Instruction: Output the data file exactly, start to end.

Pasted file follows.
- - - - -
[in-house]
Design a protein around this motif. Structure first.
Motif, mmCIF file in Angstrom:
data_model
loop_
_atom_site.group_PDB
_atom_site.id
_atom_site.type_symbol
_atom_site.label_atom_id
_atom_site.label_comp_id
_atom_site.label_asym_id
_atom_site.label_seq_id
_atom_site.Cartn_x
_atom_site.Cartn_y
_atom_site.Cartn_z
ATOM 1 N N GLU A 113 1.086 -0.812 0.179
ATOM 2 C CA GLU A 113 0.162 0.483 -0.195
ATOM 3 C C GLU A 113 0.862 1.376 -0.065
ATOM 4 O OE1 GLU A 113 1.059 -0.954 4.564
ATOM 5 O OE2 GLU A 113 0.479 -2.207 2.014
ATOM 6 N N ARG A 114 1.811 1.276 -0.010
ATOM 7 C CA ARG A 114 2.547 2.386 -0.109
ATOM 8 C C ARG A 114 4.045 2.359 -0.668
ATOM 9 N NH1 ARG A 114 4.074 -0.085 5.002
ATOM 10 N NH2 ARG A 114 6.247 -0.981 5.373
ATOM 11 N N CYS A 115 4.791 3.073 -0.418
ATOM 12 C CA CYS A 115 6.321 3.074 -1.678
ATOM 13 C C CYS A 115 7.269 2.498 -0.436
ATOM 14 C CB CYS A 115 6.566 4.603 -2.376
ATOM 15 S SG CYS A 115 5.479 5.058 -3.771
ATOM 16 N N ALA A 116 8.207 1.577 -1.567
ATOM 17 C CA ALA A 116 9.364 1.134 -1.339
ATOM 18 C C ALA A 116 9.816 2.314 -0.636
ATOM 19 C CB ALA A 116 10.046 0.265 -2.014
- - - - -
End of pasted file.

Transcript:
[in-house]
Design a protein around this motif. Structure first.
Motif, mmCIF file in Angstrom:
data_model
loop_
_atom_site.group_PDB
_atom_site.id
_atom_site.type_symbol
_atom_site.label_atom_id
_atom_site.label_comp_id
_atom_site.label_asym_id
_atom_site.label_seq_id
_atom_site.Cartn_x
_atom_site.Cartn_y
_atom_site.Cartn_z
ATOM 1 N N GLU A 113 1.086 -0.812 0.179
ATOM 2 C CA GLU A 113 0.162 0.483 -0.195
ATOM 3 C C GLU A 113 0.862 1.376 -0.065
ATOM 4 O OE1 GLU A 113 1.059 -0.954 4.564
ATOM 5 O OE2 GLU A 113 0.479 -2.207 2.014
ATOM 6 N N ARG A 114 1.811 1.276 -0.010
ATOM 7 C CA ARG A 114 2.547 2.386 -0.109
ATOM 8 C C ARG A 114 4.045 2.359 -0.668
ATOM 9 N NH1 ARG A 114 4.074 -0.085 5.002
ATOM 10 N NH2 ARG A 114 6.247 -0.981 5.373
ATOM 11 N N CYS A 115 4.791 3.073 -0.418
ATOM 12 C CA CYS A 115 6.321 3.074 -1.678
ATOM 13 C C CYS A 115 7.269 2.498 -0.436
ATOM 14 C CB CYS A 115 6.566 4.603 -2.376
ATOM 15 S SG CYS A 115 5.479 5.058 -3.771
ATOM 16 N N ALA A 116 8.207 1.577 -1.567
ATOM 17 C CA ALA A 116 9.364 1.134 -1.339
ATOM 18 C C ALA A 116 9.816 2.314 -0.636
ATOM 19 C CB ALA A 116 10.046 0.265 -2.014